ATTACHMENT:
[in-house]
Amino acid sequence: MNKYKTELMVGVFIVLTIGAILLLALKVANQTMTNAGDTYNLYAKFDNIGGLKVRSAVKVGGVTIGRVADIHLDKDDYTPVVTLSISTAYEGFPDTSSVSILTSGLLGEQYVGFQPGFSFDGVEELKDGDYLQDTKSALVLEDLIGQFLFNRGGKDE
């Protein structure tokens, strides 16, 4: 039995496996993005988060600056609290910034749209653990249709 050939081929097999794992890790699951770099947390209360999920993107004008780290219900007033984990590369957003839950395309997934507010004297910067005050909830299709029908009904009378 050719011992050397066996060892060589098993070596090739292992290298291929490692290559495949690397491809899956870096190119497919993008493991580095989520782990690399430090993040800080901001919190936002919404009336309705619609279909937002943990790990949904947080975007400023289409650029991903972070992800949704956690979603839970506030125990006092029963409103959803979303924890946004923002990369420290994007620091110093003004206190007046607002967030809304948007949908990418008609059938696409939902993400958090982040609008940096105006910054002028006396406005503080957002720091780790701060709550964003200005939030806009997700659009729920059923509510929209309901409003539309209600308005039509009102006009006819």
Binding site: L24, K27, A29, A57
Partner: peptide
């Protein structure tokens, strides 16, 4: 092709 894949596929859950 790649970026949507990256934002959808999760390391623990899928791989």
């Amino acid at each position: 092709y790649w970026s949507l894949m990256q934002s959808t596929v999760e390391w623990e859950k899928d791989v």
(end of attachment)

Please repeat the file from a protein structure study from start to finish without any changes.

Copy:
[in-house]
Amino acid sequence: MNKYKTELMVGVFIVLTIGAILLLALKVANQTMTNAGDTYNLYAKFDNIGGLKVRSAVKVGGVTIGRVADIHLDKDDYTPVVTLSISTAYEGFPDTSSVSILTSGLLGEQYVGFQPGFSFDGVEELKDGDYLQDTKSALVLEDLIGQFLFNRGGKDE
């Protein structure tokens, strides 16, 4: 039995496996993005988060600056609290910034749209653990249709 050939081929097999794992890790699951770099947390209360999920993107004008780290219900007033984990590369957003839950395309997934507010004297910067005050909830299709029908009904009378 050719011992050397066996060892060589098993070596090739292992290298291929490692290559495949690397491809899956870096190119497919993008493991580095989520782990690399430090993040800080901001919190936002919404009336309705619609279909937002943990790990949904947080975007400023289409650029991903972070992800949704956690979603839970506030125990006092029963409103959803979303924890946004923002990369420290994007620091110093003004206190007046607002967030809304948007949908990418008609059938696409939902993400958090982040609008940096105006910054002028006396406005503080957002720091780790701060709550964003200005939030806009997700659009729920059923509510929209309901409003539309209600308005039509009102006009006819």
Binding site: L24, K27, A29, A57
Partner: peptide
């Protein structure tokens, strides 16, 4: 092709 894949596929859950 790649970026949507990256934002959808999760390391623990899928791989």
């Amino acid at each position: 092709y790649w970026s949507l894949m990256q934002s959808t596929v999760e390391w623990e859950k899928d791989v």